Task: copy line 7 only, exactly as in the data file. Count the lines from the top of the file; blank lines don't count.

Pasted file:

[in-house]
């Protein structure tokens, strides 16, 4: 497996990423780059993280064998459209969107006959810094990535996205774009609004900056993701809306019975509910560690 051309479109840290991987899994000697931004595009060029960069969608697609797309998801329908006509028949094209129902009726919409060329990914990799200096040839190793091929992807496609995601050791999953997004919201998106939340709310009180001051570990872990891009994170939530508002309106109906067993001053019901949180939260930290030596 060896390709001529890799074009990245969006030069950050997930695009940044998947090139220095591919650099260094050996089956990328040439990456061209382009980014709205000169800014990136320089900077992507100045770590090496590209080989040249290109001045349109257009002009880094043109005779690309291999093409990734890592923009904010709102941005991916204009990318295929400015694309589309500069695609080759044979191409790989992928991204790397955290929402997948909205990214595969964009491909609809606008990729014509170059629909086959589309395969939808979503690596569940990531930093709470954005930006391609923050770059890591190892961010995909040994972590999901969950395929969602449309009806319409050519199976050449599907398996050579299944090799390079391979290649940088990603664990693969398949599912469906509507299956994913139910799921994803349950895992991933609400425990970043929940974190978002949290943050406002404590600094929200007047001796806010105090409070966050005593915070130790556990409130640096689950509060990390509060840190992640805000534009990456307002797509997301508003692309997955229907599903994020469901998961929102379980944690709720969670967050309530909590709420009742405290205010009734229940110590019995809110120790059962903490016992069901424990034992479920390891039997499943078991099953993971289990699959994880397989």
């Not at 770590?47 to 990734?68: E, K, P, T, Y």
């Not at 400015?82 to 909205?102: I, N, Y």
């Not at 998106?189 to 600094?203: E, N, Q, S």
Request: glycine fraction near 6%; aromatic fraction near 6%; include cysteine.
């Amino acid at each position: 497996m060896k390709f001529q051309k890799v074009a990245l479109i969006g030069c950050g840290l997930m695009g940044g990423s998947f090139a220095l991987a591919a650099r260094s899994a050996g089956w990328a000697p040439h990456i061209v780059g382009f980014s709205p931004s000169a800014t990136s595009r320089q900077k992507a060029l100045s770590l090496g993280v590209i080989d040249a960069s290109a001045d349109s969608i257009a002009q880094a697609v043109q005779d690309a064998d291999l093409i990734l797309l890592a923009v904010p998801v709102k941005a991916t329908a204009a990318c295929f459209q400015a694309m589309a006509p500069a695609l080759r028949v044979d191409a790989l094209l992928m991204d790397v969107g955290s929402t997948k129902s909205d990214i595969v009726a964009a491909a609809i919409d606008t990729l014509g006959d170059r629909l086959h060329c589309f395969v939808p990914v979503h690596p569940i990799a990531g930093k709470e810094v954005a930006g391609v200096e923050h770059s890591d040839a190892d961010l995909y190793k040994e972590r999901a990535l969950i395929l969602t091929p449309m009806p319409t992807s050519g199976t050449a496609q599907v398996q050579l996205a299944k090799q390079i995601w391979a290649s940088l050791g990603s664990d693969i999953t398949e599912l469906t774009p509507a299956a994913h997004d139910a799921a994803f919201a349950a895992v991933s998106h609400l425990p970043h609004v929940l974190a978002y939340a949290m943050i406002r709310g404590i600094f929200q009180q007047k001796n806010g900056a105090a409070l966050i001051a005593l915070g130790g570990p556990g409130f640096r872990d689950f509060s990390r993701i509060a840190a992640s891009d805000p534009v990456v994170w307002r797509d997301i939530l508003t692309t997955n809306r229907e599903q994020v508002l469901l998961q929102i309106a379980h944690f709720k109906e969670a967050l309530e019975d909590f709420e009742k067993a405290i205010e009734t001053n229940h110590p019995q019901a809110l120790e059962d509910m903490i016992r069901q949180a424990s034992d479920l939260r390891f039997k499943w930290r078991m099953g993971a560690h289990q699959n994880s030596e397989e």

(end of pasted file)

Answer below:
């Amino acid at each position: 497996m060896k390709f001529q051309k890799v074009a990245l479109i969006g030069c950050g840290l997930m695009g940044g990423s998947f090139a220095l991987a591919a650099r260094s899994a050996g089956w990328a000697p040439h990456i061209v780059g382009f980014s709205p931004s000169a800014t990136s595009r320089q900077k992507a060029l100045s770590l090496g993280v590209i080989d040249a960069s290109a001045d349109s969608i257009a002009q880094a697609v043109q005779d690309a064998d291999l093409i990734l797309l890592a923009v904010p998801v709102k941005a991916t329908a204009a990318c295929f459209q400015a694309m589309a006509p500069a695609l080759r028949v044979d191409a790989l094209l992928m991204d790397v969107g955290s929402t997948k129902s909205d990214i595969v009726a964009a491909a609809i919409d606008t990729l014509g006959d170059r629909l086959h060329c589309f395969v939808p990914v979503h690596p569940i990799a990531g930093k709470e810094v954005a930006g391609v200096e923050h770059s890591d040839a190892d961010l995909y190793k040994e972590r999901a990535l969950i395929l969602t091929p449309m009806p319409t992807s050519g199976t050449a496609q599907v398996q050579l996205a299944k090799q390079i995601w391979a290649s940088l050791g990603s664990d693969i999953t398949e599912l469906t774009p509507a299956a994913h997004d139910a799921a994803f919201a349950a895992v991933s998106h609400l425990p970043h609004v929940l974190a978002y939340a949290m943050i406002r709310g404590i600094f929200q009180q007047k001796n806010g900056a105090a409070l966050i001051a005593l915070g130790g570990p556990g409130f640096r872990d689950f509060s990390r993701i509060a840190a992640s891009d805000p534009v990456v994170w307002r797509d997301i939530l508003t692309t997955n809306r229907e599903q994020v508002l469901l998961q929102i309106a379980h944690f709720k109906e969670a967050l309530e019975d909590f709420e009742k067993a405290i205010e009734t001053n229940h110590p019995q019901a809110l120790e059962d509910m903490i016992r069901q949180a424990s034992d479920l939260r390891f039997k499943w930290r078991m099953g993971a560690h289990q699959n994880s030596e397989e």